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European Parliament warns EU to increase vigilance on human rights abuses in Vietnam

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PARIS, 21 December 2015 (VCHR) – As it ratified the economic and political Partnership and Cooperation agreement (PCA) between the European Union and Vietnam on 17 December 2015, the European Parliament passed a Resolution  (1) urgently pressing the European Union to “live up to the expectations” raised by the agreement to effectively “advance the respect for human rights, the rule of law and good governance” in Vietnam.

Whilst welcoming the strengthening of EU-Vietnam relations (the EU is currently Vietnams largest export market, and the EU and its members states is the largest provider of Official Development Aid to Vietnam), Members of the European Parliament called for a greater role in monitoring human rights abuses and ensuring “proper democratic oversight” of the agreements implementation. The European Commission (EC) should ensure that MEPs are “immediately and fully informed” in writing of all developments so that they can monitor whether or not the EU-Vietnam partnership effectively promotes democratic freedoms and human rights in Vietnam.

The MEPs highlighted the importance of the PCA in light of an upcoming EU-Vietnam Free Trade Agreement, which contains a legally binding link to PCA political and human rights rules and gives EU right to take “appropriate measures” in case of a violation.

“The 45-point recommendations of the EP Resolution show the deep concerns of MEPs for a whole range of abuses of economic and political rights in Vietnam” said VCHR President Vo Van Ai. “Freedom of expression, both offline and online, freedom of the press, religious freedom, worker rights, human trafficking, abuses of womens and childrens rights, state grabbing of lands, forced evictions, lack of independent judiciary and unfair trials are all covered in this important Resolution. The EC should take these recommendations seriously, and ensure that EU trade agreements lead to substantive human rights progress in Vietnam”.

The EP Resolution reflected many concerns raised by the Vietnam Committee on Human Rights and the International Federation of Human Rights (FIDH) in joint reports submitted to the EP. For example, the negative impacts of Vietnams policy of Đổi Mới (economic liberalization under authoritarian political control) has led to an alarming increase in the poverty gap, increased protests over State-seizures of land and gross abuses of worker rights. Discrimination against women and children is perpetuated by discriminative mechanisms such as the hộ khẩu (family register) “which blocks many families, and particularly children, from being registered and thus having access to education and social services”, trafficking of women and children for sexual exploitation or exploitation for labour.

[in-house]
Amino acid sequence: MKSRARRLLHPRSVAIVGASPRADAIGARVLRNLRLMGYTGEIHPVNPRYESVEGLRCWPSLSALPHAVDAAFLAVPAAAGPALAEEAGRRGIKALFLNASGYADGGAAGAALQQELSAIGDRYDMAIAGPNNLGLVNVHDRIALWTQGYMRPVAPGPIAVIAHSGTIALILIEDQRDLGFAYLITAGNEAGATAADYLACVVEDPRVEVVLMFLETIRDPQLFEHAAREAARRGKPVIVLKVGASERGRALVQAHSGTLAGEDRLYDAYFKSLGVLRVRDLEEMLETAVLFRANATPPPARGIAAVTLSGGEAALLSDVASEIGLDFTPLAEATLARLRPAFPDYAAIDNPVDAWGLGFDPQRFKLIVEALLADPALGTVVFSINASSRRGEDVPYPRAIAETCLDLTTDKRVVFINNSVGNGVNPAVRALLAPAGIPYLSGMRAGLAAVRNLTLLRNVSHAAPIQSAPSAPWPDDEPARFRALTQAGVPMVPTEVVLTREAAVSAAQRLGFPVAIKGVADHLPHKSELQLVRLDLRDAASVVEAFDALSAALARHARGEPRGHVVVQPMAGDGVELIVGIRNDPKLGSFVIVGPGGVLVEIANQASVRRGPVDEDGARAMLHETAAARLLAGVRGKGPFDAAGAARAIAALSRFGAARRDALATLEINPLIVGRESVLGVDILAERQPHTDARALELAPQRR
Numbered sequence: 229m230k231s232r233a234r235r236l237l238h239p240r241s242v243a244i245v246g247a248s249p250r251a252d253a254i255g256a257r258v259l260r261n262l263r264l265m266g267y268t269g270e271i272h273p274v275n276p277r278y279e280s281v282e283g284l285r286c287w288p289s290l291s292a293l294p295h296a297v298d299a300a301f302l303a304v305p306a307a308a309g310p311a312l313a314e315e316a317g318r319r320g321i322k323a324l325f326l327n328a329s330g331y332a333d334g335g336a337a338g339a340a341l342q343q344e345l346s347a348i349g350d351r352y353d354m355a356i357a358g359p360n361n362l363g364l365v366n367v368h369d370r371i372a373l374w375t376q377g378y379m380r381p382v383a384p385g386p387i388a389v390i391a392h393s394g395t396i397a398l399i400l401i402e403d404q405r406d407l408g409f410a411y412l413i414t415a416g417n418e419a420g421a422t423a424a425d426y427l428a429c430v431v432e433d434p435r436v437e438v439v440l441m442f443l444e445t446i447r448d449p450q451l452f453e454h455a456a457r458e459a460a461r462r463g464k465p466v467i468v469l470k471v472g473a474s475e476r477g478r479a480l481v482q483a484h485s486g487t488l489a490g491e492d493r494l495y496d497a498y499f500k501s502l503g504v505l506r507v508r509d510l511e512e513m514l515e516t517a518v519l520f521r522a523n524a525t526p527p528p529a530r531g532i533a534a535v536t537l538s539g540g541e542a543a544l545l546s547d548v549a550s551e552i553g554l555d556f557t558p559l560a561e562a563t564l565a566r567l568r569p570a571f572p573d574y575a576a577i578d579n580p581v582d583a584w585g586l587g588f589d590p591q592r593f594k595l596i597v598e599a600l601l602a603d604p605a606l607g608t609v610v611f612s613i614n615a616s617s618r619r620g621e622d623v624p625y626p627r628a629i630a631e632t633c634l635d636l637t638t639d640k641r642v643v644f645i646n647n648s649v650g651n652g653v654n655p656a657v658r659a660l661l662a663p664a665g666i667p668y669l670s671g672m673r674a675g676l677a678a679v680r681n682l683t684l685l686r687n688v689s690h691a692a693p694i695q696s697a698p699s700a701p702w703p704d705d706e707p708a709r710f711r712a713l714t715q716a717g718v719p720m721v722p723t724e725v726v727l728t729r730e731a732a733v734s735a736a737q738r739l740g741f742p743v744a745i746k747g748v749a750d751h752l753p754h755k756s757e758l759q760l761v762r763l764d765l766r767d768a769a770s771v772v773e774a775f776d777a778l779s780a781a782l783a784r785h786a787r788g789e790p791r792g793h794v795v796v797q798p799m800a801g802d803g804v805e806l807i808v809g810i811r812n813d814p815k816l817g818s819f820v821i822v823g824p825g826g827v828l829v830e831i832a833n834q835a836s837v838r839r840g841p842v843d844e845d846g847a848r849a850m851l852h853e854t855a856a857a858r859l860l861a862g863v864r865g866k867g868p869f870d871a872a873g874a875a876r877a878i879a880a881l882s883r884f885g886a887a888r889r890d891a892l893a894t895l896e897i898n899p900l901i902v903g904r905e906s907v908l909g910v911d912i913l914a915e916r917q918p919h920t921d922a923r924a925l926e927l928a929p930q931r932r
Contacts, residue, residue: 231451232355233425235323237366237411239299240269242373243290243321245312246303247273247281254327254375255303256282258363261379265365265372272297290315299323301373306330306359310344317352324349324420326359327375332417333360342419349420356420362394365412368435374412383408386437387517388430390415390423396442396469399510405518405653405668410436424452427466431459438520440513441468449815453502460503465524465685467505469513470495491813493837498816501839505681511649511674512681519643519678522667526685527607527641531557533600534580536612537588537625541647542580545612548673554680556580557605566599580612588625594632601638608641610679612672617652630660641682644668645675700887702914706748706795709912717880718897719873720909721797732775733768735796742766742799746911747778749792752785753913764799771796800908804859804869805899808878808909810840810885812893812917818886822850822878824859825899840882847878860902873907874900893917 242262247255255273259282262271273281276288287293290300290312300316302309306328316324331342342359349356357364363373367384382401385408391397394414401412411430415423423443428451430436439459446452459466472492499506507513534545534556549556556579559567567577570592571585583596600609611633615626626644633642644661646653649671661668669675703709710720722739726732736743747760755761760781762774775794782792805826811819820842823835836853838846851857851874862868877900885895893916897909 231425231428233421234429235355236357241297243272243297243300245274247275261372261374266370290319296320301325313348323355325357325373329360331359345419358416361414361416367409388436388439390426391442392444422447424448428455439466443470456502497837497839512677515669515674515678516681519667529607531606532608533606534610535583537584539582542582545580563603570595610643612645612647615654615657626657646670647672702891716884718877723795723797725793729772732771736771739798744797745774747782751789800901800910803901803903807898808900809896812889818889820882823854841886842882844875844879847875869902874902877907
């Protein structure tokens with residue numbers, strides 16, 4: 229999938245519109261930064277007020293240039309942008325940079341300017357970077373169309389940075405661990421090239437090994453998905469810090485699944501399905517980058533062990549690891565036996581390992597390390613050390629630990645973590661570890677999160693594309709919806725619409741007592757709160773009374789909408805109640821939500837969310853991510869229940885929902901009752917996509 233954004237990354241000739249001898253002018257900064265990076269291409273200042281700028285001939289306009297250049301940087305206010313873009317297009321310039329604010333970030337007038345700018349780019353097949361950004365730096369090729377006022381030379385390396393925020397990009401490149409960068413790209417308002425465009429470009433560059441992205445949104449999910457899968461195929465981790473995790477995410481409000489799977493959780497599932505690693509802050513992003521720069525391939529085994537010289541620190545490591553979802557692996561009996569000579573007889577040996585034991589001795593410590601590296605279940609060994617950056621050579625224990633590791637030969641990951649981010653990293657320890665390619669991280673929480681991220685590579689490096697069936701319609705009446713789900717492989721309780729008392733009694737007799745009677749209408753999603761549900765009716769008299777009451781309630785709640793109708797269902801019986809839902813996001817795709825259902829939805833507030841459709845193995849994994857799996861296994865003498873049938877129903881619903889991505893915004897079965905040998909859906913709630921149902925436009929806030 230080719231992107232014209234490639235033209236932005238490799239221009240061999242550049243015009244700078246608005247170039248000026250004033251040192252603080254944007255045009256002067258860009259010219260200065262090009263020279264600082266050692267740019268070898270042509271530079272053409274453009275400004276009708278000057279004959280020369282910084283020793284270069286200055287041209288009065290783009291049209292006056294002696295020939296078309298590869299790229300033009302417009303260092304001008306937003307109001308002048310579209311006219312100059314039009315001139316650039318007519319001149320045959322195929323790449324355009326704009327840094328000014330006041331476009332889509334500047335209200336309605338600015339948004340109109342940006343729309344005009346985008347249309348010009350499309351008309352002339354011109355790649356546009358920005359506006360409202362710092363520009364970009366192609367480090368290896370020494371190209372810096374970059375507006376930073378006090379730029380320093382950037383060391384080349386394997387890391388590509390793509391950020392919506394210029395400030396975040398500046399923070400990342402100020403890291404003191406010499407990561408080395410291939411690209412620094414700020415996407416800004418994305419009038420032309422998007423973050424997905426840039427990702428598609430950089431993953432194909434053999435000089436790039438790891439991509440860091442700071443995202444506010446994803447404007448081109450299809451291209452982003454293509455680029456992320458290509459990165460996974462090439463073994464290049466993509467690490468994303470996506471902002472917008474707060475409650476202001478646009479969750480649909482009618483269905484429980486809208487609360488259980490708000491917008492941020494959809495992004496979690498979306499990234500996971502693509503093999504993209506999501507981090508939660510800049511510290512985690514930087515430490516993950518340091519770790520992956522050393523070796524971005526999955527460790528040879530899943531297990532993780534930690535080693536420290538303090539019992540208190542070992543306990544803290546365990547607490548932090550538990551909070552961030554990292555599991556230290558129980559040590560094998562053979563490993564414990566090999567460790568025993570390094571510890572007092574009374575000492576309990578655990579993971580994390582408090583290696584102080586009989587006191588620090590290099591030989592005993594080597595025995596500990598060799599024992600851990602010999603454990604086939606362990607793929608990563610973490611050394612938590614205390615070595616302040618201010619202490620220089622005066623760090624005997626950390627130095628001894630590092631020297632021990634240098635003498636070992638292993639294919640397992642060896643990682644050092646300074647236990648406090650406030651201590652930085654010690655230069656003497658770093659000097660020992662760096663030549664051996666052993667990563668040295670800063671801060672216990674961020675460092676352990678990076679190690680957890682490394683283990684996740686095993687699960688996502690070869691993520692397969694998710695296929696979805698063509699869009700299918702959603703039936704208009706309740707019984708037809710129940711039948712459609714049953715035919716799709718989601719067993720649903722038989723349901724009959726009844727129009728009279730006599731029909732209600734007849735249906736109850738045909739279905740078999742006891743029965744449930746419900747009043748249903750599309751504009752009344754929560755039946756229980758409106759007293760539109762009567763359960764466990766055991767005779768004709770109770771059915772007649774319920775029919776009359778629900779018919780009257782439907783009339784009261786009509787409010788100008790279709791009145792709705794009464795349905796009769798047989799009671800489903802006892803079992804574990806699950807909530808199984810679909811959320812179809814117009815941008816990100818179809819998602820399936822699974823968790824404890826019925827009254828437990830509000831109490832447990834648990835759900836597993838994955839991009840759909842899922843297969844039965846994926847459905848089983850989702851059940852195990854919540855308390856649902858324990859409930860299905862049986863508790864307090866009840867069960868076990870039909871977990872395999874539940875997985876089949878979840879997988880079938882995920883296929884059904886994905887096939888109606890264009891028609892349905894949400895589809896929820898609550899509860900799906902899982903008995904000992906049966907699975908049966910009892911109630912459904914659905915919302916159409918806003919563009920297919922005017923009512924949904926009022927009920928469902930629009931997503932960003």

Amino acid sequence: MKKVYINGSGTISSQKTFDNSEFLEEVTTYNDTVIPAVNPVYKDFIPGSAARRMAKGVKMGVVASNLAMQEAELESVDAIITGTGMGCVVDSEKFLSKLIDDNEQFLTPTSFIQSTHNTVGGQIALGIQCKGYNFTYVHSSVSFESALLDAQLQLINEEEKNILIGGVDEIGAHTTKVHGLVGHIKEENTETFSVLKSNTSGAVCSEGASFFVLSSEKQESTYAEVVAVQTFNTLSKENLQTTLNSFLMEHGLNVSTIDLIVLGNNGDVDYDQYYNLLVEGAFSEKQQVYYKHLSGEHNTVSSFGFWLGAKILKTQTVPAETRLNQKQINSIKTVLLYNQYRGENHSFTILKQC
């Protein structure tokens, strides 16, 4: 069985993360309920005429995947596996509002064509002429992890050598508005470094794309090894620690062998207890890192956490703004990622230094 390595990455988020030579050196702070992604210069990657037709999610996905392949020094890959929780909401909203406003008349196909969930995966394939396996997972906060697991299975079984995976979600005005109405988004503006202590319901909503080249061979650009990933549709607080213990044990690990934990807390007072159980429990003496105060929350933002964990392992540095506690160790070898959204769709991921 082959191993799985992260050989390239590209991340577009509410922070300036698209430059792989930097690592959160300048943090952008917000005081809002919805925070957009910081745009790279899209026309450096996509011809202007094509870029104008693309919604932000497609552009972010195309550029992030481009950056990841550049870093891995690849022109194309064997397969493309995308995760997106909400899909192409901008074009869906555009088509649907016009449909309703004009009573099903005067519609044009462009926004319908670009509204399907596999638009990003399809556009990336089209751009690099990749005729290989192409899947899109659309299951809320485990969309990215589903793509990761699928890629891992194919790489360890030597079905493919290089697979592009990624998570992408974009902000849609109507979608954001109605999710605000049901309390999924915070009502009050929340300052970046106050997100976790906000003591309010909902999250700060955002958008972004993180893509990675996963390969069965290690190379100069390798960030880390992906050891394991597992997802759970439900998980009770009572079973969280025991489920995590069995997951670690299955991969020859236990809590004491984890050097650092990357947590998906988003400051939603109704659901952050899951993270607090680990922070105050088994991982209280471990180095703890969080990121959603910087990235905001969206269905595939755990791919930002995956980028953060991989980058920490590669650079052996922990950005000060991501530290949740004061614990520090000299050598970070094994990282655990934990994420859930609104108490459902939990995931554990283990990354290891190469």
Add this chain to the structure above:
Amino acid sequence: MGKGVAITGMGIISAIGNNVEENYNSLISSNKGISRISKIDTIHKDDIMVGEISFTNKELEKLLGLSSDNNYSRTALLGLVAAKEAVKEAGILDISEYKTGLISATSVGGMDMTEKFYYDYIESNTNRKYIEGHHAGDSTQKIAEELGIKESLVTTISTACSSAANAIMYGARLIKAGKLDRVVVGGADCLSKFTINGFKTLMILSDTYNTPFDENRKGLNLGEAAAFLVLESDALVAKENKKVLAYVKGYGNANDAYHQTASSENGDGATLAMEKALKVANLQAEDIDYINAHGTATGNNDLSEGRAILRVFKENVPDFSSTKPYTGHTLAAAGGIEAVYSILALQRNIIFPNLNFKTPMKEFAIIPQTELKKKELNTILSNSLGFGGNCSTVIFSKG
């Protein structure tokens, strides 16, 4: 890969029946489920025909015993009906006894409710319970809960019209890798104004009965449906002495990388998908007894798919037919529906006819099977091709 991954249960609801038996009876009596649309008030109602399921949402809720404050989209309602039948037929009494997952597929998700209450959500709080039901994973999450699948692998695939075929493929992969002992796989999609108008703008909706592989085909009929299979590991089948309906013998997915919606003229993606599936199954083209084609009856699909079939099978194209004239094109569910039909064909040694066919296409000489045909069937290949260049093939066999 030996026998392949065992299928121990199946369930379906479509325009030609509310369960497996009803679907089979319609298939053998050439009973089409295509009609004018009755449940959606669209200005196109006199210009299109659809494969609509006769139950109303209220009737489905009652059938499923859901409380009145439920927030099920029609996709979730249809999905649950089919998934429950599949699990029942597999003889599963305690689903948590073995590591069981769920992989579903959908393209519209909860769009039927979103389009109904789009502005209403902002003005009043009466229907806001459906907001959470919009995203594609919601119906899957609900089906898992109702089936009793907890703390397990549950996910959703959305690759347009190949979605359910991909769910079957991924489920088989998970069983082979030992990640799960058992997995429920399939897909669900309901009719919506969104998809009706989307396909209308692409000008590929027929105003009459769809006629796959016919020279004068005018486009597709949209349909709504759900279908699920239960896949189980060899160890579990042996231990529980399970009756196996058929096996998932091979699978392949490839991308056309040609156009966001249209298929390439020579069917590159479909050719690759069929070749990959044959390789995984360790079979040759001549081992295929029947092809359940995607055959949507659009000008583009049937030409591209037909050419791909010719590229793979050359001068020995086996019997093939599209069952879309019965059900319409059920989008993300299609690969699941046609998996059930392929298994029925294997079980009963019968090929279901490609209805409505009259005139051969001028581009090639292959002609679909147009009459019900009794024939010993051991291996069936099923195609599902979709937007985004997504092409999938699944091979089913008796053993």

The MEPs denounced violations of the right to freedom of opinion and expression, pressing Vietnam to release all “prisoners of conscience, including human rights defenders, journalists, bloggers, as well as land rights activists, workers and environmental activists held in Vietnamese prisons, sentenced in summary trials”, and initiative key reforms, i.e. to reform the criminal justice system, abrogate or review clauses in the Criminal Code that criminalize peaceful activities on the grounds of “national security”, and establish an independent criminal justice system.

In view of the 2016 elections in Vietnam, the MEPs called on the Vietnamese Communist Party to allow enhanced citizen participation “by allowing the creation of opposition parties, civil society movements and NGOs.”

The EP Resolution expressed particular concern on violations of the right to freedom of religion or belief, as reported by the UN Special Rapporteur Dr. Heiner Bielefeldt following his visit to Vietnam in July 2014. Paragraph 24 of the Resolution called for an end to discrimination and repression, “including harassments, surveillance, intimidation, detention, house arrest, physical assaults and travel bans” against religious minorities, “in particular the Unified Buddhist Church of Vietnam, as well as Montagnard Christians and Khmer Krom Buddhists”. It called on Vietnam to review legislation which regulates registration of religious groups, and, in conclusion, recalled “the tragic fate of Venerable Thich Quang Do, a 87-year-old Buddist dissident, who has been under house arrest at his momastery for over 30 years without charge and reiterates the call for his release”.

In November this year, 90 international personalities and civil society organisations called for the release of Venerable Thich Quang Do in a letter to US President Barack Obama.

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